11.-Secondly. A consul is clothed only with authority for commercial purposes, and he has a right to interpose claims for the restitution of property belonging to the citizens or subjects of the country he represents; 10 Wheat. R. 66; 1 Mason R. 14; See, R. 209; 6 Wheat. R. 152; but he is not to be considered as a minister or diplomatic Agent, entrusted by virtue of his office to represent his sovereign in negotiations with foreign states. 3 Wheat, R. 435.
    12.-Thirdly. Consuls are generally invested with special privileges by local laws and usages, or by international compact; but by the laws of nations they are not entitled to the peculiar immunities of ambassadors. In civil and criminal cases, they are subject to the local laws in the same manner with other foreign residents owing a temporary allegiance to the state. Wicquefort, De l'Ambassadeur, liv. 1, Sec. 5; Bynk. cap. 10 Martens, Droit des Gens, liv. 4, c. 3, Sec. 148. In the United States, the act of September 24th, 1789, s. 13 gives to the supreme court original, but not exclusive jurisdiction of all suits in which a consul or vice-consul shall be a party. The act last cited, section 9, gives to the district courts of the United States, jurisdiction exclusively of the courts of the several states, of all suits against consuls or vice-consuls, except for offences where whipping exceeding thirty stripes, a fine exceeding one hundred dollars, or a term of imprisonment exceeding six months, is inflicted. For offences punishable beyond these penalties, the circuit has jurisdiction in the case of consuls. 5 S. & R. 545. See 1 Binn. 143; 2 Dall. 299; 2 N. & M. 217; 3 Pick. R. 80; 1 Green, R. 107; 17 Johns. 10; 6 Pet. R. 41; 7 Pet. R. 276; 6 Wend. 327.
    13.-Fourthly. His functions may be suspended at any time by the government to which he is sent, and his exequatur revoked. In general, a consul is not liable, personally, on a contract made in his official capacity on account of his government. 3 Dall. 384.
    14. During the middle ages, the term consul was sometimes applied to ordinary judges; and, in the Levant, maritime judges are yet called consuls. 1 Boul. Paty, Dr. Mar. Tit. Prel. s. 2, p. 57.
    15. Among the Romans, consuls were chief magistrates who were annually elected by the people, and were invested with powers and functions similar to those of kings. See, generally, Abbott on Ship. 210; 2 Bro. Civ. Law, 503; Merl. Repert. h.t.; Ayl. Pand. 160; Warden on Consuls; Marten on Consuls; Borel, de l'Origine, et des Fonctions des Consuls; Rawle on the Const. 222, 223; Story on the Const. Sec. 1654 Serg. Const. Law, 225; Azuni, Mar. Law, part 1, c. 4, art. 8, Sec. 7.

References in periodicals archive ?
Under great financial stress, he resigned his consulship and returned to New York, where he managed a Brooklyn-based weekly newspaper and became a leader in the National Colored People's Protective Association.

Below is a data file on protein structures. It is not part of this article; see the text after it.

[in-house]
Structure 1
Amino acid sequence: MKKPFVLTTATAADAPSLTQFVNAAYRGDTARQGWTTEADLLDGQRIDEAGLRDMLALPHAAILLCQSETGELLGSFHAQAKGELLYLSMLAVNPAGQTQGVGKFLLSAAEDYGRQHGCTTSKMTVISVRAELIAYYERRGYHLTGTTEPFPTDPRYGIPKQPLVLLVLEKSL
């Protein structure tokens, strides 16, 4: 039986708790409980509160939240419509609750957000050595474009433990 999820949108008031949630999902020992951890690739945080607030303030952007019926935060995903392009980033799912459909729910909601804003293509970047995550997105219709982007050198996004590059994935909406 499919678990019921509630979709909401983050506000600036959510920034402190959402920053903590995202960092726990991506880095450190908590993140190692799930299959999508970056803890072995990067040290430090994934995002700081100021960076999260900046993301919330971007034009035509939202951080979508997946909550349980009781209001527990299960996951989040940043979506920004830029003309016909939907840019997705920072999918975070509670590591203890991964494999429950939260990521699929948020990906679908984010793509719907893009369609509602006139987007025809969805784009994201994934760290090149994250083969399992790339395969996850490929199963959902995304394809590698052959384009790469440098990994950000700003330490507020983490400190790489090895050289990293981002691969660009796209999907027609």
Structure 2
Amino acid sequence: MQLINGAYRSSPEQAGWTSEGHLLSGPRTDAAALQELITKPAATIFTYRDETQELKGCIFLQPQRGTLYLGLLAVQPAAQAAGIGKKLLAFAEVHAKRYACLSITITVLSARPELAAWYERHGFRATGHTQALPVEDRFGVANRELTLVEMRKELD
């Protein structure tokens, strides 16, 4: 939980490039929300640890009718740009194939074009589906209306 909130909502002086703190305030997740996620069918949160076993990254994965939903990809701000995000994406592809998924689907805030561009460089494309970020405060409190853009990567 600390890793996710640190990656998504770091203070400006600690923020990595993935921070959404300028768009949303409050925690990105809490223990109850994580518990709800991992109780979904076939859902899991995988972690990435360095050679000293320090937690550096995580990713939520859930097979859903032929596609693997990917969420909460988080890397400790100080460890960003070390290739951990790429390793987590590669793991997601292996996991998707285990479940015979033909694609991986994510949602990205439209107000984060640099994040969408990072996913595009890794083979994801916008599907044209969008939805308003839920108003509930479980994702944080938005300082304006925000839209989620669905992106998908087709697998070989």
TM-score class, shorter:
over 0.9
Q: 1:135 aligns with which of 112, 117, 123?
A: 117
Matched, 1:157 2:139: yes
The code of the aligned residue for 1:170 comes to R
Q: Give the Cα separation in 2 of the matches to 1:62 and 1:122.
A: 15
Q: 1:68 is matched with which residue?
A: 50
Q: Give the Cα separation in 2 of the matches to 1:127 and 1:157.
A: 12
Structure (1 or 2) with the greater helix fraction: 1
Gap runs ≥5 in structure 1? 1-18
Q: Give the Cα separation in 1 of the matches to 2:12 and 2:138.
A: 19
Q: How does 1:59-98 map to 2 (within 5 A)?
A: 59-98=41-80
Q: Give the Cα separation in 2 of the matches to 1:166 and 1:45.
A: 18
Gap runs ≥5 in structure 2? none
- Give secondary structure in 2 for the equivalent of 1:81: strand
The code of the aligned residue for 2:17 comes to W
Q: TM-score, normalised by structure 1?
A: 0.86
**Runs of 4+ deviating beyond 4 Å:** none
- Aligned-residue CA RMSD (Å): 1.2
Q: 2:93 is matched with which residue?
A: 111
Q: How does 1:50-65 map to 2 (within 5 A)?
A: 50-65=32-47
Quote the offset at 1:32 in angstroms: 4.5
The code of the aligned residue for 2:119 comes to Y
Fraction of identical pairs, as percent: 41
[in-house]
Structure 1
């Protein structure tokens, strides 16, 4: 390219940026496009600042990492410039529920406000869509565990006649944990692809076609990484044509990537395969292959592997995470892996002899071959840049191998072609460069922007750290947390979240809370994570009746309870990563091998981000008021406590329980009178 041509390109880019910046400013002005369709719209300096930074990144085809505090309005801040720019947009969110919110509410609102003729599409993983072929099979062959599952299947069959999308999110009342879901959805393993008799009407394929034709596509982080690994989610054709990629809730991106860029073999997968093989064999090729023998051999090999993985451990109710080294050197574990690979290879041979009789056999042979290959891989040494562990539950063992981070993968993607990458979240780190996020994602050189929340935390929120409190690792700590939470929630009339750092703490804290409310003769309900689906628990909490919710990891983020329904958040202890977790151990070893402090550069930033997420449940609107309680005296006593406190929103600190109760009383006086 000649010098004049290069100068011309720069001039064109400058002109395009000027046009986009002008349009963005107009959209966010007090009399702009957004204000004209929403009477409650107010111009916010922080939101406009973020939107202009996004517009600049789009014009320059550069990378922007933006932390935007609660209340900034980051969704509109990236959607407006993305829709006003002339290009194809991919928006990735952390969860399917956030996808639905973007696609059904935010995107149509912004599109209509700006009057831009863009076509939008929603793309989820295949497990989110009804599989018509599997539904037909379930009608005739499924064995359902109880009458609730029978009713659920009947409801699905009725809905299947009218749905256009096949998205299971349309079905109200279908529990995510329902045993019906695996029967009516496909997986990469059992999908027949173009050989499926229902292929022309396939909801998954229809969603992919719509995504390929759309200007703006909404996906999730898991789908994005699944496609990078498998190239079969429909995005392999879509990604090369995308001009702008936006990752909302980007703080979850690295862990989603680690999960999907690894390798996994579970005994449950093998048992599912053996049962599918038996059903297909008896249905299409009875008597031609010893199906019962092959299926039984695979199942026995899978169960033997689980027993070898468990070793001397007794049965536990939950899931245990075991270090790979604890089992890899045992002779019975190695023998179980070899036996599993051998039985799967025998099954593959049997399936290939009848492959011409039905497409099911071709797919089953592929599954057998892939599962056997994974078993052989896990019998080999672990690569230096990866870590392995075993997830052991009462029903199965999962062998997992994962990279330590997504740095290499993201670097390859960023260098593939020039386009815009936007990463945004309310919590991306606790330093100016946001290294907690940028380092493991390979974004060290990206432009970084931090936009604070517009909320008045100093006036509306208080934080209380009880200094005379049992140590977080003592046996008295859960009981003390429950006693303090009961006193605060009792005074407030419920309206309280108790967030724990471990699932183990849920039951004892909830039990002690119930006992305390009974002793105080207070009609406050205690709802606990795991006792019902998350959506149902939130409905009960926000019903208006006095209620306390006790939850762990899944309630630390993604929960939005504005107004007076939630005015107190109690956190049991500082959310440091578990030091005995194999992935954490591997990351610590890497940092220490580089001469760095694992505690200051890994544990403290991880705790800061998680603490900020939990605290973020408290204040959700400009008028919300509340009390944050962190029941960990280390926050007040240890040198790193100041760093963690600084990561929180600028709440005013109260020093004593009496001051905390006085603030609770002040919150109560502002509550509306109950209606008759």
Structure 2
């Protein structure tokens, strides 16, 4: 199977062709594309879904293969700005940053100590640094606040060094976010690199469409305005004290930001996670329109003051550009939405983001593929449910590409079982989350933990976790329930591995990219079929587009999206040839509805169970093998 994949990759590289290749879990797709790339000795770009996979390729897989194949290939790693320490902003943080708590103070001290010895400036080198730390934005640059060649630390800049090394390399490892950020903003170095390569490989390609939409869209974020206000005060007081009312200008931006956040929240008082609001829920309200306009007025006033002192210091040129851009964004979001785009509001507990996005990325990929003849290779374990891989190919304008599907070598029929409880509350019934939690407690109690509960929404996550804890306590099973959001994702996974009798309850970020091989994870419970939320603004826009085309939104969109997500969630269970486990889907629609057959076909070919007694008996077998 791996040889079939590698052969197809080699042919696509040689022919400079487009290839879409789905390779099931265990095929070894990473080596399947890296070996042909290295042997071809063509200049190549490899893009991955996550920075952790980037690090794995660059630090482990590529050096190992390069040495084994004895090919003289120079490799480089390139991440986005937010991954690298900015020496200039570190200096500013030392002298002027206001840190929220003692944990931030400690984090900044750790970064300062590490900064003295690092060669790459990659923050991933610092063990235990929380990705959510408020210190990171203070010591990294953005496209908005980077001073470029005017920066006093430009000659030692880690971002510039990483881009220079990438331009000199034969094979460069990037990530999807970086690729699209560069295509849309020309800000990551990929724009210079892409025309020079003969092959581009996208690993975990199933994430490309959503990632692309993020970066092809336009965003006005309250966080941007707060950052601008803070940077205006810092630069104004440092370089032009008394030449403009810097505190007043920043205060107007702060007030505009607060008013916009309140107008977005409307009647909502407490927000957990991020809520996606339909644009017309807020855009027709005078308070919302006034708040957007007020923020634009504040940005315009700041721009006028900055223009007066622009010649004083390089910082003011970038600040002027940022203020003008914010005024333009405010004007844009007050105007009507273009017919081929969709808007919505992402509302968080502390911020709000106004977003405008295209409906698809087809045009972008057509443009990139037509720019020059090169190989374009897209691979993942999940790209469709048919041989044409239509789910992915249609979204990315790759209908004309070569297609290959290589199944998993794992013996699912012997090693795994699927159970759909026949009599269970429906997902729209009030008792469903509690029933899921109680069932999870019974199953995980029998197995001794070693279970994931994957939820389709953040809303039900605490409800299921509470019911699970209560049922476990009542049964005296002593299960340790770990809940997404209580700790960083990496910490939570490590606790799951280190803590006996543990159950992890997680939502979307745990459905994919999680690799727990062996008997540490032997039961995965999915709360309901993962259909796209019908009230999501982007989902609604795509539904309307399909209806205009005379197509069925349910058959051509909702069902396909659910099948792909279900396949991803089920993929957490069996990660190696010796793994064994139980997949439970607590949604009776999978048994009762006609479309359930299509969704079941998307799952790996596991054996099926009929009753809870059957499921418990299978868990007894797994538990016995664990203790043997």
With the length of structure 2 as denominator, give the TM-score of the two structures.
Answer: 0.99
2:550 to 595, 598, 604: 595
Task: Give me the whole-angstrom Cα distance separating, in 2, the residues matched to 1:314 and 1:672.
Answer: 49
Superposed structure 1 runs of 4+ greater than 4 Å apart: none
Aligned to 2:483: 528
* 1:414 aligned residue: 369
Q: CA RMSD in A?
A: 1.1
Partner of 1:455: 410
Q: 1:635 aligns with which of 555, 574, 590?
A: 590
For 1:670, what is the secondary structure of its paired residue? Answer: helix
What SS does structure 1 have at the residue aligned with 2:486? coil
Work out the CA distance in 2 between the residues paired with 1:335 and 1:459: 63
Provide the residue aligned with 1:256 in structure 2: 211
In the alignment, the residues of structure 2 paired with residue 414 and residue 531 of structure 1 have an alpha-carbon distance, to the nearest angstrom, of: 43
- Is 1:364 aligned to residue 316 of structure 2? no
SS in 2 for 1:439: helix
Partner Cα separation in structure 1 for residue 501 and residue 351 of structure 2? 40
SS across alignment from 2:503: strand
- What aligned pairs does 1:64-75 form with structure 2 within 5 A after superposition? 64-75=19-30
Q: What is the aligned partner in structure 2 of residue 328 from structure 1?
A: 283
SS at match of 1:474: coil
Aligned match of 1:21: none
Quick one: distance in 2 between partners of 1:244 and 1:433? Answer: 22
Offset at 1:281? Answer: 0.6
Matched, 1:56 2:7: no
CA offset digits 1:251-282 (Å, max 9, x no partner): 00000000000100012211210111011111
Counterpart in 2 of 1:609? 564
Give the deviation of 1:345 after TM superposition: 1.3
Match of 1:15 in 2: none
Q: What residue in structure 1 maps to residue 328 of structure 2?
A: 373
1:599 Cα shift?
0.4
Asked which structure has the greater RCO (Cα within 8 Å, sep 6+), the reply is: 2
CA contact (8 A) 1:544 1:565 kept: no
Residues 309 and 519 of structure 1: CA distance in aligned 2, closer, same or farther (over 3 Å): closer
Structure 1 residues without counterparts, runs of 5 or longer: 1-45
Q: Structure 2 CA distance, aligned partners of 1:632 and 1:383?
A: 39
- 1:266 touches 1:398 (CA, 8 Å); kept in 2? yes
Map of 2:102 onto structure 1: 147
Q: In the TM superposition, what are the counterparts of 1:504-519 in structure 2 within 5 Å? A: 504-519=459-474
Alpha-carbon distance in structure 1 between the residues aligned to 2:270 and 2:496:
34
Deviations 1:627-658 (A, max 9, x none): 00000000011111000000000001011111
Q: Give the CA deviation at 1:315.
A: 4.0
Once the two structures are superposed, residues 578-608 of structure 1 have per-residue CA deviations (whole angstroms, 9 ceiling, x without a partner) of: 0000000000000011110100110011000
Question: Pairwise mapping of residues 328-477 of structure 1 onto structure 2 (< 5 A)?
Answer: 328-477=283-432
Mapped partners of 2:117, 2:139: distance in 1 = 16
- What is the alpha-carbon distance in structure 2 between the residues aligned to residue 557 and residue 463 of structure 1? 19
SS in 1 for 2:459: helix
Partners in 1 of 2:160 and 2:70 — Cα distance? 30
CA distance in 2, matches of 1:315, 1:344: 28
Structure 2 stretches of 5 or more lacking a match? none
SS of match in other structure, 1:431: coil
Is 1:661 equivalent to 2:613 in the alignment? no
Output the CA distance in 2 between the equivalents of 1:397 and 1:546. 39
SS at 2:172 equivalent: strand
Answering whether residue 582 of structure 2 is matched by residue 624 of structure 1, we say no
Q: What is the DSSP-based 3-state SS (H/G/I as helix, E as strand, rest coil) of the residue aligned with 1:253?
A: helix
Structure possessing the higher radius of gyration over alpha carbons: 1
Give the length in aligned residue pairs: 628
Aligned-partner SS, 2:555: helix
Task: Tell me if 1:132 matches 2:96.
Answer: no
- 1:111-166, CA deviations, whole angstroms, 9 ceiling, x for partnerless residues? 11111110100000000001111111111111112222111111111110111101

His insistent mockery of the "voices" that the people have to grant or deny him consulship suggests that he wishes above all to deprive the people of their "voices" He resents the tribunes' role as the voices of the people; they are but "the horn and noise o'th'monsters" (3.
Poplicola, after successfully leading Rome in a series of wars instigated mostly by the vindictive Tarquins, stepped down from the consulship and died, having lived a life that "so far as human life may be, had been full of all that is good and honorable," in Plutarch's admiring terminology.
The unpublished "Annali dell'Accademia degli Umidi," 24r-26v, record that during his consulship in 1545 only Varchi gave lessons; this is a departure from normal practice.
597-98), Levick (note 1) 19-20, argues plausibly that Vespasian may have expected the consulship earlier on the basis of his military achievements, but that the eclipse of Narcissus explains the delay.
His career naturally culminated in the consulship, AD 142, (10) but this was a brief two-month stint as consul suffectus over the summer.
2), saying only that Crassus went where he had been before with his father, as 'praetor', and does not refer to the elder Crassus's consulship.
10) At a later date, politicians incurred considerable debt in pursuing a public career, but usually only in the quest for the higher offices: praetorship and consulship.
Matching an event with the time of the consulships of X and Y is therefore a very solid way of dating that event.
Neruda, on the other hand, used political positions as another aspect of his role--during his life he held a number of political positions including a number of honorary consulships that took him to a range of destinations around the globe.
1) "The people that once bestowed commands, consulships, legions, and all else, now concerns itself no more, and longs eagerly for just two things--bread and circuses," complained the first-century Roman writer Juvenal.
He seemed not to know that the office he holds is as powerless as it is expensive to gain, rather like elections to the Roman consulships, which were retained to the end of the empire while Caesars did the ruling.